CVFS then, served as a way to target a group of voters and a region that is often overlooked, under-studied, and, most of all, underestimated. Student leaders worked with community-based organizations to plan events over the summer including youth conferences and gatherings which engaged other young people on issues that directly impacted their communities such as the environment, health, education, immigration, water and pesticide reform.
Taking lessons learned from the original Freedom Summer efforts, CVFS student leaders were not outsiders to the communities they were working in.
Instead, they were individuals who already had ties to the Central Valley and who had an interest in returning to uplift their communities. Representative of the communities they were connecting with, CVFS leaders were racially and ethnically diverse. In preparation for the summer, they spent their time taking coursework learning about community organizing, the history of the Valley, and valuable research skills, including how to collect participant observations, interview, and survey data. As CVFS leaders registered and pre-registered youth, they also wrote extensive ethnographic field notes in order to document their experience and observations.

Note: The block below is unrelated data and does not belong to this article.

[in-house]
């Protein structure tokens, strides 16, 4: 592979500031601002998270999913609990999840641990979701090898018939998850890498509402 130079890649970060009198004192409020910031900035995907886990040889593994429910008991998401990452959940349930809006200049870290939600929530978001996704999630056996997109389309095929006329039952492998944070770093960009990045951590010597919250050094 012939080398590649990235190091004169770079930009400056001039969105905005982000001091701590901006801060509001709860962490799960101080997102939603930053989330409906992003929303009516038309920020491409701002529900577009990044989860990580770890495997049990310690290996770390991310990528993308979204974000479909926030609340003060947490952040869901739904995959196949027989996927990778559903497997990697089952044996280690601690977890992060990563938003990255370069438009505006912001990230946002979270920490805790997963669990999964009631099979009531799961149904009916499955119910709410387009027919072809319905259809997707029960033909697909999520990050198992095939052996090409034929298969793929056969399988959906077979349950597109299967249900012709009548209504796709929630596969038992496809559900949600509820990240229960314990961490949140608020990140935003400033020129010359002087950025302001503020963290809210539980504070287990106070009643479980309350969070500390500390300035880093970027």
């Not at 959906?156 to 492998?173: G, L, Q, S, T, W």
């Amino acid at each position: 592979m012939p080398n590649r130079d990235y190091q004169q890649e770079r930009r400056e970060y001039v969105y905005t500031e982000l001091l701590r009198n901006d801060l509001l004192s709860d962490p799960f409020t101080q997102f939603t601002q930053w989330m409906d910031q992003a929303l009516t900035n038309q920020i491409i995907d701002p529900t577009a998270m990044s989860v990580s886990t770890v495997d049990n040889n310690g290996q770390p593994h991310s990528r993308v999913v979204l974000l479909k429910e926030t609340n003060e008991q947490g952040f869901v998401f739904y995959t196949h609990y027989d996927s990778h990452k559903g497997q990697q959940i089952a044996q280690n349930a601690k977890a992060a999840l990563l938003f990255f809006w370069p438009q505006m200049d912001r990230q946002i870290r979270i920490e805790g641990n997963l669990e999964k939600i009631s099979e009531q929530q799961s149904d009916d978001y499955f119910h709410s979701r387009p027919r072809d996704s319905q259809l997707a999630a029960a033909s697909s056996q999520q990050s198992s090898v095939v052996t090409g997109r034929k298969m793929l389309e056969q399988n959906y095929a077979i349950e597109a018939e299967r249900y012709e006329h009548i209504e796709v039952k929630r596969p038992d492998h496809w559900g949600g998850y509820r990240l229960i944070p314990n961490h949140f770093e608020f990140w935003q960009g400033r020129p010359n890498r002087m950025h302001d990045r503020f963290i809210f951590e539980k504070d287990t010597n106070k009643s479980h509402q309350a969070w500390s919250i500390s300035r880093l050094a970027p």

Highlighting some best practices: student leaders de-mystified the registration process for many youth, guiding them step by step throughout the process. Notably, youth leaders described the importance of participating in every election, including local elections and midterms. CVFS leaders illustrated local initiatives that had passed by razor-thin margins in the Valley, emphasizing that their voices mattered and their votes could shape policy. In addition to this, they also illustrated how youth who are ineligible to vote because of their age or legal status can still play a crucial role in shaping their communities by registering others, canvassing, and making calls for campaigns that they support. The workshops that CVFS leaders presented were all youth-led, designed by and for youth. Using personal narratives about their own experiences (as well as the occasional meme), CVFS leaders were able to connect to youth personally. During their presentations, when youth were shown that 57% of voters aged 65-74 turned out to vote in the 2014 midterm election when only 8% of youth from the ages of 18-24 turned out, young people shook their heads furiously and were determined to change that outcome for 2018.